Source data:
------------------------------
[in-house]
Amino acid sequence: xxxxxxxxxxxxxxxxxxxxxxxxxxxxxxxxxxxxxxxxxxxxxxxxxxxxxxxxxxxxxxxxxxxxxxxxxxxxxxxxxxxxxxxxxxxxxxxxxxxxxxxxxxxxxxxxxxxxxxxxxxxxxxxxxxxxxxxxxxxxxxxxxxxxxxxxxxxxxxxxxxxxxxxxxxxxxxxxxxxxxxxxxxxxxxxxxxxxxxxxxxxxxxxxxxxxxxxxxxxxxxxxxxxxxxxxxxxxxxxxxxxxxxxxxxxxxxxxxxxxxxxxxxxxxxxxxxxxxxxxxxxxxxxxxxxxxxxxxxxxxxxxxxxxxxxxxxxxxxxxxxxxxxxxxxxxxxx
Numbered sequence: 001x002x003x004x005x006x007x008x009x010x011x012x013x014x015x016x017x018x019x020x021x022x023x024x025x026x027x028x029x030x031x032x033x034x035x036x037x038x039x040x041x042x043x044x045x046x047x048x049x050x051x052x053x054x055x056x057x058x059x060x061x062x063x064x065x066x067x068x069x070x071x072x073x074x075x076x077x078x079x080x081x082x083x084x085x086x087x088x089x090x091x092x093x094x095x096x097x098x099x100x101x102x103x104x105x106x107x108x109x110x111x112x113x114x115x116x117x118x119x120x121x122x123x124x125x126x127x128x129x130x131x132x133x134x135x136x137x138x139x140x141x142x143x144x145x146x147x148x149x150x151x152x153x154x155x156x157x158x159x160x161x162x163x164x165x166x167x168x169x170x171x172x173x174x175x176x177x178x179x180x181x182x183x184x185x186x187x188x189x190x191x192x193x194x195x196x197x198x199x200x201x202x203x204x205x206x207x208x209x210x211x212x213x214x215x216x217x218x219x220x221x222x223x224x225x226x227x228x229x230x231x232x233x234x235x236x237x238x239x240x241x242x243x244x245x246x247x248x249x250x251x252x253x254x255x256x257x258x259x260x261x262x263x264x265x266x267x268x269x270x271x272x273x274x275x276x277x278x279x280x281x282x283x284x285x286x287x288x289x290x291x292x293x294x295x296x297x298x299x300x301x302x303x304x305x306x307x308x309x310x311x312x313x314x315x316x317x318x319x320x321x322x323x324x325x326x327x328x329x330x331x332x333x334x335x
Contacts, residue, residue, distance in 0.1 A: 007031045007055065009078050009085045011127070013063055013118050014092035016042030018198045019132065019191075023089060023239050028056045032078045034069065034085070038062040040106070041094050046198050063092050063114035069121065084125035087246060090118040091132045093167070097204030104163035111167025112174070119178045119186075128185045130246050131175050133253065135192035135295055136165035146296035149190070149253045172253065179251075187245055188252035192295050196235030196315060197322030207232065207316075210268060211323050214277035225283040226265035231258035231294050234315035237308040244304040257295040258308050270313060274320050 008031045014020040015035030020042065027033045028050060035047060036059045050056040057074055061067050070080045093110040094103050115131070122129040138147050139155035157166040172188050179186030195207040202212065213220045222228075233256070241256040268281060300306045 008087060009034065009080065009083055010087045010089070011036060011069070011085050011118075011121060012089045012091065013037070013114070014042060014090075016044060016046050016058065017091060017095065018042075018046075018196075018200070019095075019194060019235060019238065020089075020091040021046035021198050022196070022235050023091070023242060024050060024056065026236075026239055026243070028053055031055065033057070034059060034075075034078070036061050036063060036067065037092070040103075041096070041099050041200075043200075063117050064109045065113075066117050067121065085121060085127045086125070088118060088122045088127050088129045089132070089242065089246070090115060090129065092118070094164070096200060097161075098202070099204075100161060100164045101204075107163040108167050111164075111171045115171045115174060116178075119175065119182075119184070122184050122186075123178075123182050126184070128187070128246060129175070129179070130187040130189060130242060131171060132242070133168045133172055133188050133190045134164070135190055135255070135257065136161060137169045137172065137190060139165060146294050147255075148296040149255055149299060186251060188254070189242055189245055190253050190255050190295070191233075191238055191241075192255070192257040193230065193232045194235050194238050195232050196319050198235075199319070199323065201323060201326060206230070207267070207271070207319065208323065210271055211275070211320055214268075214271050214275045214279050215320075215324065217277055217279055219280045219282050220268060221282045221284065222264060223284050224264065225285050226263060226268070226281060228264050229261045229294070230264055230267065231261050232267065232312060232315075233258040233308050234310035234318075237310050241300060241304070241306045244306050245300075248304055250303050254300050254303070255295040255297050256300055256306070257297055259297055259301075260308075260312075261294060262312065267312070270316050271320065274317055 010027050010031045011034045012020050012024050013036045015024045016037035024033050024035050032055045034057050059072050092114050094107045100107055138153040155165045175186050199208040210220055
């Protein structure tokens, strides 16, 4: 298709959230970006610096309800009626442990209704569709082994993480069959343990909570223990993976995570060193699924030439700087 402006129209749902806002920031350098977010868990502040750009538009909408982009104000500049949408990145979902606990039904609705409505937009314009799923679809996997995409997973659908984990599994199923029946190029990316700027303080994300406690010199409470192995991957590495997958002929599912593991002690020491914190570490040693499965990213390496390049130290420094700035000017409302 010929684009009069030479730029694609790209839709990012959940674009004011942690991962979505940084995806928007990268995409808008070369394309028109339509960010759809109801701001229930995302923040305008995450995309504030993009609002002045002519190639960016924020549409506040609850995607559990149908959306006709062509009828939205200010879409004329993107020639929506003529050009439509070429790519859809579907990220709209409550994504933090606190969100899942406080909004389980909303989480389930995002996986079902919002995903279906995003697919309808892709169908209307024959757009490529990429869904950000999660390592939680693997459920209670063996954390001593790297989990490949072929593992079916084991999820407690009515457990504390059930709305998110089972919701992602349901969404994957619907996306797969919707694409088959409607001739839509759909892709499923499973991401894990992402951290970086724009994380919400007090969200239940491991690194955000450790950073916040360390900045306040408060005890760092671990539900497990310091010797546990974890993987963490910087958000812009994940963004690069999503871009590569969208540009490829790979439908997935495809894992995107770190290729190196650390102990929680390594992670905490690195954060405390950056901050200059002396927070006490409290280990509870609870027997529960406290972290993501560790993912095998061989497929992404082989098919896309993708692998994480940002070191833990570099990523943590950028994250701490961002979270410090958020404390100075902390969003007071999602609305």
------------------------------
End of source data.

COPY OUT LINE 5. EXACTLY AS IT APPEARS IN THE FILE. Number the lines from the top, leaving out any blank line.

């Protein structure tokens, strides 16, 4: 298709959230970006610096309800009626442990209704569709082994993480069959343990909570223990993976995570060193699924030439700087 402006129209749902806002920031350098977010868990502040750009538009909408982009104000500049949408990145979902606990039904609705409505937009314009799923679809996997995409997973659908984990599994199923029946190029990316700027303080994300406690010199409470192995991957590495997958002929599912593991002690020491914190570490040693499965990213390496390049130290420094700035000017409302 010929684009009069030479730029694609790209839709990012959940674009004011942690991962979505940084995806928007990268995409808008070369394309028109339509960010759809109801701001229930995302923040305008995450995309504030993009609002002045002519190639960016924020549409506040609850995607559990149908959306006709062509009828939205200010879409004329993107020639929506003529050009439509070429790519859809579907990220709209409550994504933090606190969100899942406080909004389980909303989480389930995002996986079902919002995903279906995003697919309808892709169908209307024959757009490529990429869904950000999660390592939680693997459920209670063996954390001593790297989990490949072929593992079916084991999820407690009515457990504390059930709305998110089972919701992602349901969404994957619907996306797969919707694409088959409607001739839509759909892709499923499973991401894990992402951290970086724009994380919400007090969200239940491991690194955000450790950073916040360390900045306040408060005890760092671990539900497990310091010797546990974890993987963490910087958000812009994940963004690069999503871009590569969208540009490829790979439908997935495809894992995107770190290729190196650390102990929680390594992670905490690195954060405390950056901050200059002396927070006490409290280990509870609870027997529960406290972290993501560790993912095998061989497929992404082989098919896309993708692998994480940002070191833990570099990523943590950028994250701490961002979270410090958020404390100075902390969003007071999602609305």